As a direct selling party plan business coach, I deal daily with people who are trying to get their business off the ground: getting more bookings, higher sales and more recruit leads. One of the most important things you can do for your business is simply to touch it daily. Do something, every day, to move your business forward.
Many people do not realize what business building work is. Cleaning your office or getting organized is not business building work. It’s housework. It’s getting ready to work. Cleaning your office is gong to give you a nicer space to work in. Getting organized is going to free you from searching for the piece of paper you need. But that is not work in the direct sales industry. Working in the direct sales industry means you are doing something to create bookings, increase your sales or developing recruit leads.
Some of the things you could do are:
To get more bookings: using your list of former hostesses and guests that attended parties in the past, develop a special (either one of your creation or one from your company) and call that list of potential hostesses. Make sure you have developed the wording you are going to use to encourage people to book to get the special for free or reduced prices.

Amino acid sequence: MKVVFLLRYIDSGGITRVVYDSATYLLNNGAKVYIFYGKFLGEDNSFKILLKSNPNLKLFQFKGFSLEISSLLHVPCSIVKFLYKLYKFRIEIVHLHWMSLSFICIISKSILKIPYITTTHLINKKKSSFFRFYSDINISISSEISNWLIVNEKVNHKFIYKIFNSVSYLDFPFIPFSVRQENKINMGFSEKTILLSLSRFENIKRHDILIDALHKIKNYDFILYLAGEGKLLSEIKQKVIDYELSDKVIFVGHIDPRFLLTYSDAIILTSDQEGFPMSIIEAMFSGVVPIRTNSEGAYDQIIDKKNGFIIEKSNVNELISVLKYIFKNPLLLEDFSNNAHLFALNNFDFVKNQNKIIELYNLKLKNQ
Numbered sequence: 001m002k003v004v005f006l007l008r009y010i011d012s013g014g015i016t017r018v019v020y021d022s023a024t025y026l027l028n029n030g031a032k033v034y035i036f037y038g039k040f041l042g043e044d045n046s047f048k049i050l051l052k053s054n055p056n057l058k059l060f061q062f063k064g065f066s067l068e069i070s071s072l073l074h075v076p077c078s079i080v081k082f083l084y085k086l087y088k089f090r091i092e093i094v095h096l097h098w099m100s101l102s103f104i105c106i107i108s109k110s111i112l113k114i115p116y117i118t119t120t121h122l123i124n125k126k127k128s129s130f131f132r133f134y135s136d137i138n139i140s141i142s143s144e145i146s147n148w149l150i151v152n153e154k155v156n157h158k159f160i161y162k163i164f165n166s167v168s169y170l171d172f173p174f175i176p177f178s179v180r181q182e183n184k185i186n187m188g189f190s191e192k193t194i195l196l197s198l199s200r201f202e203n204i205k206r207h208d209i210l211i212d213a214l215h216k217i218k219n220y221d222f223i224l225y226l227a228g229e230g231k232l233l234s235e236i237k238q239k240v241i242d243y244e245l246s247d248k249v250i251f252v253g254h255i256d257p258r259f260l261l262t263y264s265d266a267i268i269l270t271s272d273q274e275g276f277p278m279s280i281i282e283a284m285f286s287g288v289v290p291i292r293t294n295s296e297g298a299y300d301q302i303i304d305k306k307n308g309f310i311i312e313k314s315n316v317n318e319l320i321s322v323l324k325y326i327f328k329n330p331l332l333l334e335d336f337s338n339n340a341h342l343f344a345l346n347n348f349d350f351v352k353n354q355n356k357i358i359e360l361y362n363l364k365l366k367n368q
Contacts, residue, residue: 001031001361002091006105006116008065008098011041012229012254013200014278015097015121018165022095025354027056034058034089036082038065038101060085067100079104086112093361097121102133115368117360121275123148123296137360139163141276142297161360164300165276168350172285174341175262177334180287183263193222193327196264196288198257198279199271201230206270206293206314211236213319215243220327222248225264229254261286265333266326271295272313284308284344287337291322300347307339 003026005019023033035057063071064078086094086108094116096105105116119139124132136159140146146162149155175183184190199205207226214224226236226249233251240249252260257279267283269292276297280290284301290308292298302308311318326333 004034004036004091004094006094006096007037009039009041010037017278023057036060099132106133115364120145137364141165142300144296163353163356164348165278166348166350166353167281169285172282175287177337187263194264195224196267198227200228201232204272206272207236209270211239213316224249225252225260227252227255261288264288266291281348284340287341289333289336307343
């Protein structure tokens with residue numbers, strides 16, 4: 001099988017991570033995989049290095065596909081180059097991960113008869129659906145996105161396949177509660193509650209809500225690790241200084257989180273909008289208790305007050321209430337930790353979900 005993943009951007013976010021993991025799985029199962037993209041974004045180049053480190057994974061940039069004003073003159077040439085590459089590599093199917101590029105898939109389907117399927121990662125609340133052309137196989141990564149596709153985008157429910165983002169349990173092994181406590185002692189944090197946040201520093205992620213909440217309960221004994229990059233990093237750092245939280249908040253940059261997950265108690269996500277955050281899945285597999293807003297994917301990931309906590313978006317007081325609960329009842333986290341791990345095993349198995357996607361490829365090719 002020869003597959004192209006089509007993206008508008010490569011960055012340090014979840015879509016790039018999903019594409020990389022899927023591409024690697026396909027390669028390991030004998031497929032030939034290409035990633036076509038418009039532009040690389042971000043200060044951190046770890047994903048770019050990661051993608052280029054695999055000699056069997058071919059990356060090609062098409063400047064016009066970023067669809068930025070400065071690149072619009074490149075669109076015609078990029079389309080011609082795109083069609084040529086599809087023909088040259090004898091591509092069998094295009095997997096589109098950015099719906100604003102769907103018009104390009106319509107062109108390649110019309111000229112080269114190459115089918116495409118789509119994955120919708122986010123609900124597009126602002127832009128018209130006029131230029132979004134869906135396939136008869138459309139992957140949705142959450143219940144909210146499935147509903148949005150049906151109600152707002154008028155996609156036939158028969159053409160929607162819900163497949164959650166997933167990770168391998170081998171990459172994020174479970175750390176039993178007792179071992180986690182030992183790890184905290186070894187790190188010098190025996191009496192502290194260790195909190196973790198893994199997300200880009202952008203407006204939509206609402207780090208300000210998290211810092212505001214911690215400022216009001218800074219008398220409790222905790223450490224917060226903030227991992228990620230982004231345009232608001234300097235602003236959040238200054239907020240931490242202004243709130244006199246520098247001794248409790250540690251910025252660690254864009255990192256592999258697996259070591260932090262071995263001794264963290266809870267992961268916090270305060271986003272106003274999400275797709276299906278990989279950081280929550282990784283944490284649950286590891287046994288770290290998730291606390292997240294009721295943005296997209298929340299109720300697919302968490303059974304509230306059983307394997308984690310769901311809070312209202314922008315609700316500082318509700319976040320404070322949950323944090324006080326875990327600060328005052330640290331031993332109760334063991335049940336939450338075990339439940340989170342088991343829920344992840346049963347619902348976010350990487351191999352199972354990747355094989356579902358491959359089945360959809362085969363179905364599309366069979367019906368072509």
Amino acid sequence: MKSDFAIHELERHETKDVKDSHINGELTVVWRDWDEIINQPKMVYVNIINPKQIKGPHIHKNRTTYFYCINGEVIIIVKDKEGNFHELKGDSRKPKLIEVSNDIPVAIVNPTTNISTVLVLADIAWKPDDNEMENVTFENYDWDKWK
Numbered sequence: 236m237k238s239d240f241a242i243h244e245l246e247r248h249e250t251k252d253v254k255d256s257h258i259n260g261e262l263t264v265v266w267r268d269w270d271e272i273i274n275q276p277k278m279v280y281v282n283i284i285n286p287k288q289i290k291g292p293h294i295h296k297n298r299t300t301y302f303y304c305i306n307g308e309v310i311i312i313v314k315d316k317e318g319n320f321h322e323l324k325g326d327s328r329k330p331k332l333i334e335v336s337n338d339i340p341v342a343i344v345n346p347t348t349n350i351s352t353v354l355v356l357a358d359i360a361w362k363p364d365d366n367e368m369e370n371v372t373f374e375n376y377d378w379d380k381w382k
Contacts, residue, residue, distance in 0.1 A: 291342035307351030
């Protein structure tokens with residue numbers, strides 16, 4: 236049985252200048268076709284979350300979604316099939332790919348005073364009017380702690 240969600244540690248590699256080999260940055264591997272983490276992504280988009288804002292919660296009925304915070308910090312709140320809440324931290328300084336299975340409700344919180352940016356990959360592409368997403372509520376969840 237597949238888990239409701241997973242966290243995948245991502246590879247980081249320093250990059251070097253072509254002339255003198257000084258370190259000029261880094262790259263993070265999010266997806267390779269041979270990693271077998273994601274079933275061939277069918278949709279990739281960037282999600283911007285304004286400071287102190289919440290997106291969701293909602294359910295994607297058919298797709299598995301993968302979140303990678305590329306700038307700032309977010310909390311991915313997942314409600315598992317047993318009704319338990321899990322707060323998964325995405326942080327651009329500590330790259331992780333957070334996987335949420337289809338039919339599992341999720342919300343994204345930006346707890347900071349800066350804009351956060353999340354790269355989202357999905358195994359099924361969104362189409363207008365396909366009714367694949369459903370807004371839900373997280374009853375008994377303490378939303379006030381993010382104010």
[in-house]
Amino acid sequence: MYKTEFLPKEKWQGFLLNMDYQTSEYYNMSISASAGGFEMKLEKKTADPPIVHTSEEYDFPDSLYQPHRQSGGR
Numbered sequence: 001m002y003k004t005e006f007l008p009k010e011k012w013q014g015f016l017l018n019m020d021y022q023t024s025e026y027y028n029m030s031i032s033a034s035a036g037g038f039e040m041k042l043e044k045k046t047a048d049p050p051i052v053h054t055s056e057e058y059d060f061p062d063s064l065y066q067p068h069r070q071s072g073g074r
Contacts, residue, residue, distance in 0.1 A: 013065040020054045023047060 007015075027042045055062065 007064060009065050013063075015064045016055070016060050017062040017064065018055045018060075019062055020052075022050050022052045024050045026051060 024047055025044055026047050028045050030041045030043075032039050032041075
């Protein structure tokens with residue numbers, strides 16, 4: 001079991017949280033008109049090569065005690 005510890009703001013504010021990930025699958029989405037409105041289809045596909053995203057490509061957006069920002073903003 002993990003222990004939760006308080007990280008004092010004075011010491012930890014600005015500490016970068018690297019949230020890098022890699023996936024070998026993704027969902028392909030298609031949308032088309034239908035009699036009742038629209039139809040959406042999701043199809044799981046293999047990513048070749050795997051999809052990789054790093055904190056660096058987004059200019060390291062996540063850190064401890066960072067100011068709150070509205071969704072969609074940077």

To get higher sales: think about the parties you have had this month and analyze the presentations you did. What worked? What did not work? When did you “have them” and when did you “lose them”? Develop ways you can show your highest priced items and wording to encourage people to either buy it or book to get it at a discount or for free.
To get more recruit leads: go through your former hostesses and clients and look to see who has been a hostess more than one time, and guests who have purchased multiple times. Call them and talk to them about your company’s opportunity.
Creating a strong, growing direct sales business is not a matter of luck. It’s an issue of working your business. This is a business. Most people treat it like a hobby and then wonder why they don’t make any money.
The other issue is consistency. When you have a hobby you do it when you have time or when you feel like it. That’s okay when it’s a hobby. That is not an option when you have a business. A business is a job. It needs to be attended to daily. Do something daily, even if it’s just for fifteen minutes, to move your business forward.
Ruth Fuersten is the author of HOW TO BOOK, SELL, AND RECRUIT YOUR WAY TO SUCCESS, and co-author of Direct Selling POWER. Sign up for her free newsletter at http://www.booksellrecruit.com/sq